The press release, long an important tool in the public relations toolbox still remains relevant. With the disruption in the news industry, I think a well-written press release is more relevant today than ever before.
As a professional writer, I’d hate to count how many press releases I’ve written and as a journalist with 20-plus years of experience, I’d really hate to count how many I’ve received. However, it is these experiences that inform how I approach writing a press release.
Is the press release the right tool? Writer and PR pr Michelle Garrett covered some important questions to ask yourself when considering a press release.
A press release is a tool. Like any tool, it is not always the right tool so it is important to consider what you want to accomplish. Is the goal best served by a press release?
The key is turnkey
Editors and reporters are busy and there just aren’t enough of them anymore. Give them something they can use immediately with little to no work on their part.
My checklist includes:
- Before I do anything, can I answer this question: Why the heck will anyone outside the company or organization care?
- Did I write the article like a journalist would?
- A good, relevant news hook.
- Interviews and other research.
- Claims supported by evidence.
- Be careful with the superlatives (the first, best, only, etc.).
- Inverted pyramid (probably).
- Have I included art – photos, graphics, etc.?
- Do the photos include well-written cutlines with all people in the photo identified by name and title?
- Are the photos original (not stock photos)?
- Is there video available for the news website?
- Is additional information, such as background materials, readily available?
- Have I given the reporter or editor multiple easy ways to contact me if they want to set up an interview, need more information, or want to verify something?
As I said, the key is turnkey. Can the editor take your press release, copy and paste it, and publish it immediately on their website or in their newspaper? In addition to a great story, are you minimizing the journalists’ workload?
When I write a press release, I am a journalist. That’s why I need the hook. It’s not about promotion, it is about story. And yes, sometimes writing a news story isn’t the answer, particularly if it is something of human interest. In those cases, more of a feature approach may be the answer, but the basic idea remains.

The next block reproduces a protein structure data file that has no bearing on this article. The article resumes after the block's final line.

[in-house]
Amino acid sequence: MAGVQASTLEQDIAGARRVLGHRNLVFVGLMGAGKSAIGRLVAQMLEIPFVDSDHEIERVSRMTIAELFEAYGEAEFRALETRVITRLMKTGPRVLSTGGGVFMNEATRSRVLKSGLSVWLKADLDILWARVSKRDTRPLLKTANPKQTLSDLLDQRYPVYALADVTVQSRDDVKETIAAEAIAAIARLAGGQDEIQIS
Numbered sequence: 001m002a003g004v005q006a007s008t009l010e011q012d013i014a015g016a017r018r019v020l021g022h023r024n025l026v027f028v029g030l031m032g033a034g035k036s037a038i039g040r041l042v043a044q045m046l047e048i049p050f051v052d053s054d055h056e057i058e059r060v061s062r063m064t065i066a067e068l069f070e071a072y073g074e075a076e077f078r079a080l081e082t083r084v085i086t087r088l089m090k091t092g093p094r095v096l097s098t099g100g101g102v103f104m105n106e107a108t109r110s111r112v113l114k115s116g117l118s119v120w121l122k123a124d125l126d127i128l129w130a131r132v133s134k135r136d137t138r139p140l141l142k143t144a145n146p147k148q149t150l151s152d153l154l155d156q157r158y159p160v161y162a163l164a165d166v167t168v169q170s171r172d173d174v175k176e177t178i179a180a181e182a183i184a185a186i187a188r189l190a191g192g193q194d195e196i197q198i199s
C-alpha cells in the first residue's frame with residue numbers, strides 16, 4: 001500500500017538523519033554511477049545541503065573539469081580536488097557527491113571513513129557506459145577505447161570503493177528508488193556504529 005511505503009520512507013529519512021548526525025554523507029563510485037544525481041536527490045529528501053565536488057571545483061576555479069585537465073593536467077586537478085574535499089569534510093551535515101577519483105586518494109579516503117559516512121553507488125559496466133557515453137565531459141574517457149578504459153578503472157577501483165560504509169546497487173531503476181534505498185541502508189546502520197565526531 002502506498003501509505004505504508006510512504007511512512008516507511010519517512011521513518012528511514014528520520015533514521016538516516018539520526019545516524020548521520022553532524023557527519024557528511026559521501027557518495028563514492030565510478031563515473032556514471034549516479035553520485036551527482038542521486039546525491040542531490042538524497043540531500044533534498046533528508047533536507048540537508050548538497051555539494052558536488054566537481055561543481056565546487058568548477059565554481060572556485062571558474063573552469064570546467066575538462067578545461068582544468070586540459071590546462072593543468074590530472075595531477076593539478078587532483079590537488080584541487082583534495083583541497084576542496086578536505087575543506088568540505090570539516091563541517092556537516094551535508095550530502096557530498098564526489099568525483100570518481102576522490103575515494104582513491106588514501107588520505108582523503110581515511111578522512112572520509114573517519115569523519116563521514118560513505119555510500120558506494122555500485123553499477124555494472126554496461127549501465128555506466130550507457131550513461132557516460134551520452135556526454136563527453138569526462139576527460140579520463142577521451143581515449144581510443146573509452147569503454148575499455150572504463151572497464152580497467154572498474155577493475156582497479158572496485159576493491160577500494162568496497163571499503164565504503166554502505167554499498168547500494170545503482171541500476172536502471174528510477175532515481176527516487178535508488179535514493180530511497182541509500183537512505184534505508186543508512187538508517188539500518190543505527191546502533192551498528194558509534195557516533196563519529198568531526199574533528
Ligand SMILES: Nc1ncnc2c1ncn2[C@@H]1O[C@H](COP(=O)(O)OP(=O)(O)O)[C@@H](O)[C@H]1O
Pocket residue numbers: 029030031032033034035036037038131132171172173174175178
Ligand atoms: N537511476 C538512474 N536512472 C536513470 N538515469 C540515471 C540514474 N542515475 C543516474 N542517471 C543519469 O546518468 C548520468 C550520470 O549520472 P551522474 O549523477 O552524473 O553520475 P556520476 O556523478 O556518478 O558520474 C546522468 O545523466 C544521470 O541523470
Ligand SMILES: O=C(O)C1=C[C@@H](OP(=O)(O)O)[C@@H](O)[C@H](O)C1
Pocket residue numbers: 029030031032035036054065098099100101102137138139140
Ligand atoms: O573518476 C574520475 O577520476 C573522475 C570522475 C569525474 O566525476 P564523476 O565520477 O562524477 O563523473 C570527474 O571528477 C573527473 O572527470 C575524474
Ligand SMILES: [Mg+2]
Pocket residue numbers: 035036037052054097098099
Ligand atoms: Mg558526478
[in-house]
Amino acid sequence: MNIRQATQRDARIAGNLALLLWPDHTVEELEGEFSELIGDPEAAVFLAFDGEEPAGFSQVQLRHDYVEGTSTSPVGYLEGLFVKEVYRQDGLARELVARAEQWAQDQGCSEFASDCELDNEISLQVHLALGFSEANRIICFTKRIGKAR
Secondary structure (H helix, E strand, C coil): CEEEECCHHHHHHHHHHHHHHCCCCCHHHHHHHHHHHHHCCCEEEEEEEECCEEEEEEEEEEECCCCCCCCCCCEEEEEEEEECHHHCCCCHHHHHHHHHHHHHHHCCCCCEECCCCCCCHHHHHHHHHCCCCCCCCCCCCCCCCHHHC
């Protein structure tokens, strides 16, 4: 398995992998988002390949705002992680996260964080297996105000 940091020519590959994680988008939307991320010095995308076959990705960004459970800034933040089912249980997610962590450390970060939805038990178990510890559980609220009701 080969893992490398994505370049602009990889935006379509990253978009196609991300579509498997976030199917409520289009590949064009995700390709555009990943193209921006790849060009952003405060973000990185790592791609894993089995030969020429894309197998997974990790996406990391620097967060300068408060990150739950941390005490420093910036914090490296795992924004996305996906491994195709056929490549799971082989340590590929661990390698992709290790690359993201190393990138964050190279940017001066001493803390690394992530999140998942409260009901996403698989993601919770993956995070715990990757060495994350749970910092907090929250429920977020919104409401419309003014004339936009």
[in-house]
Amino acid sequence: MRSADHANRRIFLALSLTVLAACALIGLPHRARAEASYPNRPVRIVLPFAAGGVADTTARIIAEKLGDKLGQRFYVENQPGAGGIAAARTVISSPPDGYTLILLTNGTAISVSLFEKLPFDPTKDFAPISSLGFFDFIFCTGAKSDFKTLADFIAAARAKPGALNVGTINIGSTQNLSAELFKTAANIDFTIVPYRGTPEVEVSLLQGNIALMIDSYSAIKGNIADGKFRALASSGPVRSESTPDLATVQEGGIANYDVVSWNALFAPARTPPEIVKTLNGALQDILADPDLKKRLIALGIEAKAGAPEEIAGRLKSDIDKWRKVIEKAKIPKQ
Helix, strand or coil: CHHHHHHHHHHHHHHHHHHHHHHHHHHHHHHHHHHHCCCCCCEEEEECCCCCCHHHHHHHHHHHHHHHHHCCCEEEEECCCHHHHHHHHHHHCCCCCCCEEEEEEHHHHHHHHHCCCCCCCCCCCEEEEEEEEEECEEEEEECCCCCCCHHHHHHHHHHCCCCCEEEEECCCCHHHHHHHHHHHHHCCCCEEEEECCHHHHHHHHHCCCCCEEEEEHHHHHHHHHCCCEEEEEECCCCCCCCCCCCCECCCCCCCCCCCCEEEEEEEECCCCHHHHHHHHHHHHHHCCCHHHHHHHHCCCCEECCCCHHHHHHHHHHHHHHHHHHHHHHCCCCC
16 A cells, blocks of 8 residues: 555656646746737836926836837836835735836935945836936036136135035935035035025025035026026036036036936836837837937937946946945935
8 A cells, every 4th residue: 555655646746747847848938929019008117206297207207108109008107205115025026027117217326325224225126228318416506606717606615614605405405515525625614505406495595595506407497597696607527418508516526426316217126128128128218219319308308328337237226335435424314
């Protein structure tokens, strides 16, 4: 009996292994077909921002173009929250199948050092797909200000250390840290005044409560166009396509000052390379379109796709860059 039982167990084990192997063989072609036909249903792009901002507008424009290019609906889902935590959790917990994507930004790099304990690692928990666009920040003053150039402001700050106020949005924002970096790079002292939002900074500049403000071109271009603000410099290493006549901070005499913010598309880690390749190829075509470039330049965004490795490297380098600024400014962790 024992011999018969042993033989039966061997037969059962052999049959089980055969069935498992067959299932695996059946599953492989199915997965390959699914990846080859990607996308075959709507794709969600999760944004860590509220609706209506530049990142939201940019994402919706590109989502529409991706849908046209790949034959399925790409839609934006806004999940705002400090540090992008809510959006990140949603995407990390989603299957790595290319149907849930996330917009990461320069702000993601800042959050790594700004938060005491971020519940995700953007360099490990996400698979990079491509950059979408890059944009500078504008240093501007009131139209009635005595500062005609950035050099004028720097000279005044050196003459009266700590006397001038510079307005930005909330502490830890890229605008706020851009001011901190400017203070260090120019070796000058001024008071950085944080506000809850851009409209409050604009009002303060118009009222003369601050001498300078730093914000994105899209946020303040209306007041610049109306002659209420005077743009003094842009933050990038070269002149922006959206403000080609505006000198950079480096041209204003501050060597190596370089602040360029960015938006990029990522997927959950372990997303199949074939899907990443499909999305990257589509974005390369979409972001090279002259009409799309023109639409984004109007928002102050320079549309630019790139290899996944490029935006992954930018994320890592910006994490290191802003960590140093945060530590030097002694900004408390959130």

Not everyone agrees
A couple of years ago, I had a freelance client for whom I pretty regularly wrote blog posts. These were subcontracted for various clients of theirs and it was decently paying regular work.
One day, they asked if I’d write a press release. The mother of the owner of this agency opened a cupcake shop in a huge metro area and wanted an announcement. Media coverage for a press release like that in a market like that is a tough sell but I went after it anyway.
Explained my approach. They proclaim how much sense it makes.
I found an interesting story angle and wrote it as though I were writing for a newspaper and sent it to the client.
His reaction was … unexpected. Chewed like a dog would be an understatement and I was told I know nothing about media. He sent his rewrite, filled with superlatives and false claims. Voted “major city’s” number 1 cupcake! Voted by who?
I never got paid.
The response was bad enough that I resigned from the client. Sometime later, one of the editors I worked with at that company is on the phone begging me to come back. I explained it wasn’t her, and stuck to my guns. She conceded that the “new” press release never got published anywhere.
I don’t know if my version would have gotten published. You actually never know. However, I know that it would have been turnkey and that it was written like a journalist would write.
But I know this. Give them a story they can use, and make it easy to use, and there’s a good chance they’ll, you know, use it.
Need help with a press release? Reach out. You can email me at email@example.com.